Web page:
Wine: A case of claret and blues?
Saturday 19 June 2004
Bordeaux is in crisis. Bordeaux is enjoying a successful sales campaign for the 2003 vintage.
Bordeaux is in crisis. Bordeaux is enjoying a successful sales campaign for the 2003 vintage. Come again? These apparently incompatible outlooks are a reminder that this is an immensely complex region where profit and loss often exist side by side. Our own on-off affair with Bordeaux is nothing compared to the ongoing love-hate relationship between the glamorous classified châteaux and the many thousands of yeoman wines and petits châteaux that make up the bulk of France's most important wine region.
The crème de la crème - a hundred-odd crus classés - account for a mere four in every 100 bottles of Bordeaux produced. But they earn £20 in every £100 while attracting 80 in every 100 column inches. Small wonder most of Bordeaux is as enviously green as cabernet sauvignon in an unripe vintage. The current vintage is a case in point. High expectations have fuelled pent-up demand, and while 2003 is nowhere near as consistent across the board as the landmark 2000 vintage, some of the famous châteaux have produced stunning wines that are in considerable demand.
Yet while the classified châteaux are having a fine time, life is tough for run-of-the-mill Bordeaux and Bordeaux "soup" (supérieur). The biggest of the world's fine wine regions (it has more vineyards planted than Chile or South Africa) is in crisis. According to Eric Dulong, who heads up the Bordeaux Wine Bureau, an estimated 800-1,000 producers are on the brink of bankruptcy, and more are likely to be added to the list should Bordeaux produce a normal-sized vintage this year.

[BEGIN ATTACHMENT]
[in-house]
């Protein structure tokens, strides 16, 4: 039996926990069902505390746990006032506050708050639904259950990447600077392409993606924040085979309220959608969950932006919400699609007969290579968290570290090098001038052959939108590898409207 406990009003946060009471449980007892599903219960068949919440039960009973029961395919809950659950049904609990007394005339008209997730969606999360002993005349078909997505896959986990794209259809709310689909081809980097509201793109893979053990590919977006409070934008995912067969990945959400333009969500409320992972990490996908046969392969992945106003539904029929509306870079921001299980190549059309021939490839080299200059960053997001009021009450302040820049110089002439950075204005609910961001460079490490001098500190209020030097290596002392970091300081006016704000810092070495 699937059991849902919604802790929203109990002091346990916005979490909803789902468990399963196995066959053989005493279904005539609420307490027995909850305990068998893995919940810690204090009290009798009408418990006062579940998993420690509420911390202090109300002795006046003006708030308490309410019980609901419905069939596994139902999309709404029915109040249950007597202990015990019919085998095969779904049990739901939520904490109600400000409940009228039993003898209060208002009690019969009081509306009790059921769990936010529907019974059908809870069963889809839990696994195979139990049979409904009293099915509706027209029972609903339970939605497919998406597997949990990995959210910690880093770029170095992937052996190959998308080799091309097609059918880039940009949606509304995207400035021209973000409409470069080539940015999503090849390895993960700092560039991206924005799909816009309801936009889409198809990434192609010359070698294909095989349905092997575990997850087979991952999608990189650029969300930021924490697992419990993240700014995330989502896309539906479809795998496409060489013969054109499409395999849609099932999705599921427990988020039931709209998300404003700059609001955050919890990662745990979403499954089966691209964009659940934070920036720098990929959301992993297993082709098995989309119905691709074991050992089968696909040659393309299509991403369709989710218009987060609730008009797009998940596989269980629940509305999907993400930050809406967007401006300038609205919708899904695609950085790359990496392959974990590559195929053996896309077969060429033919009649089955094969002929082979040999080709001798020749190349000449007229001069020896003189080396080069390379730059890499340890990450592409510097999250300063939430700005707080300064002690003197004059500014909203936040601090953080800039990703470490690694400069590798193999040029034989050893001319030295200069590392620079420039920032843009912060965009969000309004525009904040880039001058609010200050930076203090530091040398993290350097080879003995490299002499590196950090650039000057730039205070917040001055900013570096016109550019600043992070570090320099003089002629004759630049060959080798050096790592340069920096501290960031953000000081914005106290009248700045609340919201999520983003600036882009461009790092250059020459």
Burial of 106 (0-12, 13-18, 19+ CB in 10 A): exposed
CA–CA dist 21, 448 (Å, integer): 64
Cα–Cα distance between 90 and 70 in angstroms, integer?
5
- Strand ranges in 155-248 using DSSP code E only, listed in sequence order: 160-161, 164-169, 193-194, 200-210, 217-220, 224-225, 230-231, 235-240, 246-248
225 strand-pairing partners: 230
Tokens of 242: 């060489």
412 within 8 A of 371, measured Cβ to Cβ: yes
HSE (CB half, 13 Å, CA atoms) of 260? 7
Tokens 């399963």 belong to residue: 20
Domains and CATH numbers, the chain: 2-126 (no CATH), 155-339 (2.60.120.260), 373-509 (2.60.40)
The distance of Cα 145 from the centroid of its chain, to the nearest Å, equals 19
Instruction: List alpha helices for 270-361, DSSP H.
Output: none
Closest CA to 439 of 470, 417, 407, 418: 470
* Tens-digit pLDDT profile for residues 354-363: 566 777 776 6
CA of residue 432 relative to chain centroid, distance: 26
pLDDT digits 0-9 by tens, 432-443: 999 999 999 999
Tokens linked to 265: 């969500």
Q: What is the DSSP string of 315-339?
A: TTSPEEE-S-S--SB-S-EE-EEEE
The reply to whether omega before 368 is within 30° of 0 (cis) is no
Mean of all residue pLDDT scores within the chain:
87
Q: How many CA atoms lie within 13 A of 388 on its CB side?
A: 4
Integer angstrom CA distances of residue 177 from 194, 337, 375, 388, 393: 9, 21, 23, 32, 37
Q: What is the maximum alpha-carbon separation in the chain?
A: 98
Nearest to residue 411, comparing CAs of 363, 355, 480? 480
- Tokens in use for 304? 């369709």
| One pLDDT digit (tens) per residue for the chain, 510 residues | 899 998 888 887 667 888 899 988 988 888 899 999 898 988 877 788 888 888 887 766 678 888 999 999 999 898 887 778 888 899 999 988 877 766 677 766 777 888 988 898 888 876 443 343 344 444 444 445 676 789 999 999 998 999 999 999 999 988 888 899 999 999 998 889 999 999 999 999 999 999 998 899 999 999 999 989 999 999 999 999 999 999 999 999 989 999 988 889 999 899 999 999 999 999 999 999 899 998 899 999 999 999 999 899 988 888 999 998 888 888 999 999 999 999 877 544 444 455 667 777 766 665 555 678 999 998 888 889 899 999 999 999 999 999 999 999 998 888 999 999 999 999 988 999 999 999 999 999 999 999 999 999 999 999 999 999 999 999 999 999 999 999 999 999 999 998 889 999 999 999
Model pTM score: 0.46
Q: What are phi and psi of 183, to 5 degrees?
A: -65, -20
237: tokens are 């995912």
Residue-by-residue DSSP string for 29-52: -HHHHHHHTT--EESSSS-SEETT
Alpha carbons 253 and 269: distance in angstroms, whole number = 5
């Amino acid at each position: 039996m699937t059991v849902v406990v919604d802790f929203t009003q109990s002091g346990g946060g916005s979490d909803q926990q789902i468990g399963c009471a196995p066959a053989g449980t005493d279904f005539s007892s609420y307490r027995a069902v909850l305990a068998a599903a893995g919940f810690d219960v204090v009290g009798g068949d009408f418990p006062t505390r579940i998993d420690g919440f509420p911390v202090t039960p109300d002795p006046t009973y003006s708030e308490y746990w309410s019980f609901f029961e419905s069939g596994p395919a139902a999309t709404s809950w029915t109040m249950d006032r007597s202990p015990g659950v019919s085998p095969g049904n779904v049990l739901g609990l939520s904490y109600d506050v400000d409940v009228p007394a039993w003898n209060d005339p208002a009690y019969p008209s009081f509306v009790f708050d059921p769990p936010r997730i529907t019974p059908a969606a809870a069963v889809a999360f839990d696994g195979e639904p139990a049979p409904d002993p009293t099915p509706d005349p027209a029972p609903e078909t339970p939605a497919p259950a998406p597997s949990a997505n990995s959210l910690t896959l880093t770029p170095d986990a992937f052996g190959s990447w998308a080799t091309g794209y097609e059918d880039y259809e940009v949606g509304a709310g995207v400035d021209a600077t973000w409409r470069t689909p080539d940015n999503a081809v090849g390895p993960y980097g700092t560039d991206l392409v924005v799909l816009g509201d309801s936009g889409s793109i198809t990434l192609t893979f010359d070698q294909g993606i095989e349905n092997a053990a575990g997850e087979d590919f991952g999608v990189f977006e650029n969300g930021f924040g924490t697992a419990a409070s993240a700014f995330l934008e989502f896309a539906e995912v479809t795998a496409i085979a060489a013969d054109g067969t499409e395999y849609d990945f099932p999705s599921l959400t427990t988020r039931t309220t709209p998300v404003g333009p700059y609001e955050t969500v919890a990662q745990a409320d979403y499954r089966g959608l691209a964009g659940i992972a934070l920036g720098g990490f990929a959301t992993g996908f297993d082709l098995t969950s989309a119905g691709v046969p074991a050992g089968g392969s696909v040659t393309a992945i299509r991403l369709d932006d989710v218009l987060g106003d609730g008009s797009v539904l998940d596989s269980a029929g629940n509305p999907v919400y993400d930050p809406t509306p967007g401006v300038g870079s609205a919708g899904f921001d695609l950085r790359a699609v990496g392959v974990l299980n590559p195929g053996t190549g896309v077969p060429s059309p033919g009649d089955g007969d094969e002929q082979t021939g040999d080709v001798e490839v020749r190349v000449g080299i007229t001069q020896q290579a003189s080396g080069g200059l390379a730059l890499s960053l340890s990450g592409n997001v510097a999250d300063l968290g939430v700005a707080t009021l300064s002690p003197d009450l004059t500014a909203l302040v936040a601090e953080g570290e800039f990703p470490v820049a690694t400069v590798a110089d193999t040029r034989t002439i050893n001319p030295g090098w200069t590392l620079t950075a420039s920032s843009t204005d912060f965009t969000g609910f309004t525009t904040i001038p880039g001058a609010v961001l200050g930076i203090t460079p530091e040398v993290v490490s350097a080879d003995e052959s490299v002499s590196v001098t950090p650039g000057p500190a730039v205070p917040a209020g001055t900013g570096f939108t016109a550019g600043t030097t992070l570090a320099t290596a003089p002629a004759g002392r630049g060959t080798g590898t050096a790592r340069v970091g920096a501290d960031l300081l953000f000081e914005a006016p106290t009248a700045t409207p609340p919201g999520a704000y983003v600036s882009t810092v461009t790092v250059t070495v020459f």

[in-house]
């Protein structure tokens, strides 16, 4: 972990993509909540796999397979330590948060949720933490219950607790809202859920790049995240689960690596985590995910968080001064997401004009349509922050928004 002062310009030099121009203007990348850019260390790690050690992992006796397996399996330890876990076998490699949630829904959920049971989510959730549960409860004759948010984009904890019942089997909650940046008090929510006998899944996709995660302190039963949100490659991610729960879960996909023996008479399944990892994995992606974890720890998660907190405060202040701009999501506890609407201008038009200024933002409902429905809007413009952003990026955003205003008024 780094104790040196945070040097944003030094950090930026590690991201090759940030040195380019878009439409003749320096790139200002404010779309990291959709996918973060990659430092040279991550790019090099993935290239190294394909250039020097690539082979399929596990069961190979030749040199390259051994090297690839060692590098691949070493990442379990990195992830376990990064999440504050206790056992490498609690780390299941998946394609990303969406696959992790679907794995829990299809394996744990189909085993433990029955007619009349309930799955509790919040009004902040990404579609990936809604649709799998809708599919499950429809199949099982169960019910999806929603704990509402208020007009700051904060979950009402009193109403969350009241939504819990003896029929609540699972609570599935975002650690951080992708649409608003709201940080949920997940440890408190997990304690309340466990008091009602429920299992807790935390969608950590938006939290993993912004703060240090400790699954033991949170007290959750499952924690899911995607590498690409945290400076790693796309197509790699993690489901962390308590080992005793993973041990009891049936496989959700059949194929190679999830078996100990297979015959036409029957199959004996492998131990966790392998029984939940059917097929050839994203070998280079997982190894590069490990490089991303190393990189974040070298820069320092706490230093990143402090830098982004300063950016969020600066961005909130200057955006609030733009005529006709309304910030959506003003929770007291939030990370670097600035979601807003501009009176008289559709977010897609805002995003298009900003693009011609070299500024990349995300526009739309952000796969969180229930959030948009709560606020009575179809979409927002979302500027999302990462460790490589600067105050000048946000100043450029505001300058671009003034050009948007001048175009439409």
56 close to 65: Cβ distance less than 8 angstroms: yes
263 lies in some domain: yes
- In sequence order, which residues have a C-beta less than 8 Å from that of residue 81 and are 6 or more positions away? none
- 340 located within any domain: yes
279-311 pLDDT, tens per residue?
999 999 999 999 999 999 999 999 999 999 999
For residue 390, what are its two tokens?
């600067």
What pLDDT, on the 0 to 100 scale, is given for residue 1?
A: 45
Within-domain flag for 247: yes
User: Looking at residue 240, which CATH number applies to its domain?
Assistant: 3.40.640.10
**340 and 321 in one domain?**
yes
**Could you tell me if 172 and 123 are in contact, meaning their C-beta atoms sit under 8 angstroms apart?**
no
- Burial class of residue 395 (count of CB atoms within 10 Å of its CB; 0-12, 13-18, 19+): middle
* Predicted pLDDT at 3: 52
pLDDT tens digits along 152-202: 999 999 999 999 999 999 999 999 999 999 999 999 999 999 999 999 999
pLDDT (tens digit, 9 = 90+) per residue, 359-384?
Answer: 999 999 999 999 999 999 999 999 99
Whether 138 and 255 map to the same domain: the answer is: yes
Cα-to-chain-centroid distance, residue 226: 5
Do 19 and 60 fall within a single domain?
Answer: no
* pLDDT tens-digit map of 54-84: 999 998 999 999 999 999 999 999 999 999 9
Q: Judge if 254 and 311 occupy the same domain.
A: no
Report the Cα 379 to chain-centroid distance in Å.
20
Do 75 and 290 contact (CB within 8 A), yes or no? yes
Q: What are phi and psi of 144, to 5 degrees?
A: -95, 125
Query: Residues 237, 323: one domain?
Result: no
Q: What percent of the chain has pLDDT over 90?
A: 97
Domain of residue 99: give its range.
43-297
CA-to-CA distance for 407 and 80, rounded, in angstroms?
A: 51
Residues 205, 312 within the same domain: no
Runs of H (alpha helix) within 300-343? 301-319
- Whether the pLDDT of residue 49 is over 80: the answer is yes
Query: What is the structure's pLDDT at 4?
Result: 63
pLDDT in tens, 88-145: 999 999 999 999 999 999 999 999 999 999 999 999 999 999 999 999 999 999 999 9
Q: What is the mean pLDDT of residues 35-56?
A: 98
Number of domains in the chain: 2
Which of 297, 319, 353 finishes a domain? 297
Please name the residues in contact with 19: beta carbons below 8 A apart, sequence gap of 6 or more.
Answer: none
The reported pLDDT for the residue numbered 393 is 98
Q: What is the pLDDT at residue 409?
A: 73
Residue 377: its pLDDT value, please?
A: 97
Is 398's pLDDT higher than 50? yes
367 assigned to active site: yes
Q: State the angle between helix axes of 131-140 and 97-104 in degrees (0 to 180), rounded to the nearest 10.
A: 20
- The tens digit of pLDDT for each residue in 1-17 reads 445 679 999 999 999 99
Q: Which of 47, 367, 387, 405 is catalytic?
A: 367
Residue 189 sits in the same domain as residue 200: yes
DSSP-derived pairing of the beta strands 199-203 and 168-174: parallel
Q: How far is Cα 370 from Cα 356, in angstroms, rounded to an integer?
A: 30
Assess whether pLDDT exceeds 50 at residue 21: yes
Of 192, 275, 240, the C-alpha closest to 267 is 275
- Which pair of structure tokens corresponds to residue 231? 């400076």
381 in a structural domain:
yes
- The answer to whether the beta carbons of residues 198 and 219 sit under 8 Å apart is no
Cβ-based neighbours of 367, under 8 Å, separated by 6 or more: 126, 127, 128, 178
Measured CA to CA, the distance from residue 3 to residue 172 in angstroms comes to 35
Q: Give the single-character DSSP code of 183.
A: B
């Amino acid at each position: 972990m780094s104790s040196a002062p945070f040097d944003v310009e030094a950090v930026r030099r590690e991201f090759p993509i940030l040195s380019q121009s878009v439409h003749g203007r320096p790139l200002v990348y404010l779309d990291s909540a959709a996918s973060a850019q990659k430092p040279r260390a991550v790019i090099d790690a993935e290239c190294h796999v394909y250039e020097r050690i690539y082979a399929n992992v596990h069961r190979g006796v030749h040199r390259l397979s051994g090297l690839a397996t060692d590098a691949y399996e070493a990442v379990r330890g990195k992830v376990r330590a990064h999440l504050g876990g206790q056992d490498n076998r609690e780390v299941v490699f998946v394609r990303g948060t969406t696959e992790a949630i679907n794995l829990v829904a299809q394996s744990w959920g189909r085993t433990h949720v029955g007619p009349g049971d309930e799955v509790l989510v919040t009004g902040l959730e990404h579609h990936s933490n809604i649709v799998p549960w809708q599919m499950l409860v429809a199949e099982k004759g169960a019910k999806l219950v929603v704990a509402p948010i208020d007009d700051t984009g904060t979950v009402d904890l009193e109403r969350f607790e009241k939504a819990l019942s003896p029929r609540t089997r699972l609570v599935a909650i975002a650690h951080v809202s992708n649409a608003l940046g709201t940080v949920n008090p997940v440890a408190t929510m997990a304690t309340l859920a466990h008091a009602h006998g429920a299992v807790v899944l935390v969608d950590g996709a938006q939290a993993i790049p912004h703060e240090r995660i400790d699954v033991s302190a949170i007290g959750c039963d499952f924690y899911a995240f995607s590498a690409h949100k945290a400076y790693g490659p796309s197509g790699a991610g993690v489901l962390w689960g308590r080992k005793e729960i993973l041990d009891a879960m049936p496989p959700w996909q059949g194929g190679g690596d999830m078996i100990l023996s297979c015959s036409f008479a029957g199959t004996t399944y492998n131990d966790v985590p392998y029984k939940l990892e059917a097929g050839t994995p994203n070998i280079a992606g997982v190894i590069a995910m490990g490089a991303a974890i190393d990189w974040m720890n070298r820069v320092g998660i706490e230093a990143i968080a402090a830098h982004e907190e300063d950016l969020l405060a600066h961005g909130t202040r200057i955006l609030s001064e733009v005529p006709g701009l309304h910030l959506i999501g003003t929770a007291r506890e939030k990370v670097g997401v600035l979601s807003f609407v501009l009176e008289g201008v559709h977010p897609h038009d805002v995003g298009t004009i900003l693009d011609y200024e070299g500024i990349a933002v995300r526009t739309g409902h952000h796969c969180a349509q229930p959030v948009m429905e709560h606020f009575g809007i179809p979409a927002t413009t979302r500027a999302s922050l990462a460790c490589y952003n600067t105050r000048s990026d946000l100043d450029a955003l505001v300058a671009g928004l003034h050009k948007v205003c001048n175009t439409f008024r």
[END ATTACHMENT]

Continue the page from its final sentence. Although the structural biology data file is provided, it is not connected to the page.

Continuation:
In some ways it has helped that Bordeaux has had two smaller-than-average vintages in a row because, on the whole, the region is producing far more wine than it can sell. Sales stand at 750 million bottles; a normal crop produces the equivalent of more than 900 million bottles. This massive surplus threatens to engulf many of the smaller players.
The problems, according to Dulong, include vineyards planted in places where there shouldn't be vineyards. Plus, Bordeaux has its share of bad producers, and there are many properties which are too small or run by older growers who lack the motivation to produce quality wine. The result: he believes that something approaching 5-10 per cent of Bordeaux is too poor to be on the market. Jean-Marie Chadronnier, CEO of the négociant Dourthe goes further, suggesting at least a third of Bordeaux producers are obsolete.
"I would like to see far greater quality control," says Dulong, who would like a process that would involve stringent quality tastings of every wine, taking at least two years. To achieve anything of the sort would require both commitment and political will. If, as seems likely, such changes are not forthcoming, "the market will decide" - growers who fail to measure up will go to the wall.
After the region's battering from the New World, the Bordeaux Wine Bureau is continuing its campaign to convince us that it's on the way back, and focusing on reds in the "affordable" £5-£15 category. Is there some wishful thinking going on here? Not much generic and supermarket own-label £5 Bordeaux stacks up against its New World or vins de pays counterparts. The first step is to acknowledge that Bordeaux cannot compete with New World value for money. Next Bordeaux must start to fight back with wines of individuality.
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